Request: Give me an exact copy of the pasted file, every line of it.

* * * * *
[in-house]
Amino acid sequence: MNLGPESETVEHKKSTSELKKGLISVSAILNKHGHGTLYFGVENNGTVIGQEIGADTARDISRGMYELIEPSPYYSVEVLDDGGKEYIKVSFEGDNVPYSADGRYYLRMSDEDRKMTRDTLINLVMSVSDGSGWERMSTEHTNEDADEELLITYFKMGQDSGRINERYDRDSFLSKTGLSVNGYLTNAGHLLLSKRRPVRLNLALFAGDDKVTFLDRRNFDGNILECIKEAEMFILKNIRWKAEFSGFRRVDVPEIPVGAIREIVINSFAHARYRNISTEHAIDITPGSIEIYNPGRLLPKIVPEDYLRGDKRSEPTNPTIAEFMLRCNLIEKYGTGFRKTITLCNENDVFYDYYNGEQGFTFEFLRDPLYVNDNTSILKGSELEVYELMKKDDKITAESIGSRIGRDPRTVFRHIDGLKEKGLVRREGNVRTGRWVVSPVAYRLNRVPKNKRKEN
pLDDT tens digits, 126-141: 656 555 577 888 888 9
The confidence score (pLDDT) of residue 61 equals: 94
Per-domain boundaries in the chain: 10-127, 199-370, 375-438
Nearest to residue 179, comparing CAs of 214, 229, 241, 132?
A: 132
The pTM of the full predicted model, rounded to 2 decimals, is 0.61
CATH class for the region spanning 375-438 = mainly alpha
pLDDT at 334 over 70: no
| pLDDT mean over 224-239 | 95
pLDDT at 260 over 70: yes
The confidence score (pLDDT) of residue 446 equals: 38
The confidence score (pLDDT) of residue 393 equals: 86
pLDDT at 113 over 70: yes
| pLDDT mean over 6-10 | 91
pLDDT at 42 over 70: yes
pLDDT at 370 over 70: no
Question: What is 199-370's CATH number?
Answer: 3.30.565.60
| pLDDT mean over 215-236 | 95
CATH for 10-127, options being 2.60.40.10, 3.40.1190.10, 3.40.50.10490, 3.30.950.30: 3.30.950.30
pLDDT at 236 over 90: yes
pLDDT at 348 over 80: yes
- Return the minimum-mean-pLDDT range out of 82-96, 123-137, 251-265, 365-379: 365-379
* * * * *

[in-house]
Amino acid sequence: MNLGPESETVEHKKSTSELKKGLISVSAILNKHGHGTLYFGVENNGTVIGQEIGADTARDISRGMYELIEPSPYYSVEVLDDGGKEYIKVSFEGDNVPYSADGRYYLRMSDEDRKMTRDTLINLVMSVSDGSGWERMSTEHTNEDADEELLITYFKMGQDSGRINERYDRDSFLSKTGLSVNGYLTNAGHLLLSKRRPVRLNLALFAGDDKVTFLDRRNFDGNILECIKEAEMFILKNIRWKAEFSGFRRVDVPEIPVGAIREIVINSFAHARYRNISTEHAIDITPGSIEIYNPGRLLPKIVPEDYLRGDKRSEPTNPTIAEFMLRCNLIEKYGTGFRKTITLCNENDVFYDYYNGEQGFTFEFLRDPLYVNDNTSILKGSELEVYELMKKDDKITAESIGSRIGRDPRTVFRHIDGLKEKGLVRREGNVRTGRWVVSPVAYRLNRVPKNKRKEN
pLDDT tens digits, 126-141: 656 555 577 888 888 9
The confidence score (pLDDT) of residue 61 equals: 94
Per-domain boundaries in the chain: 10-127, 199-370, 375-438
Nearest to residue 179, comparing CAs of 214, 229, 241, 132?
A: 132
The pTM of the full predicted model, rounded to 2 decimals, is 0.61
CATH class for the region spanning 375-438 = mainly alpha
pLDDT at 334 over 70: no
| pLDDT mean over 224-239 | 95
pLDDT at 260 over 70: yes
The confidence score (pLDDT) of residue 446 equals: 38
The confidence score (pLDDT) of residue 393 equals: 86
pLDDT at 113 over 70: yes
| pLDDT mean over 6-10 | 91
pLDDT at 42 over 70: yes
pLDDT at 370 over 70: no
Question: What is 199-370's CATH number?
Answer: 3.30.565.60
| pLDDT mean over 215-236 | 95
CATH for 10-127, options being 2.60.40.10, 3.40.1190.10, 3.40.50.10490, 3.30.950.30: 3.30.950.30
pLDDT at 236 over 90: yes
pLDDT at 348 over 80: yes
- Return the minimum-mean-pLDDT range out of 82-96, 123-137, 251-265, 365-379: 365-379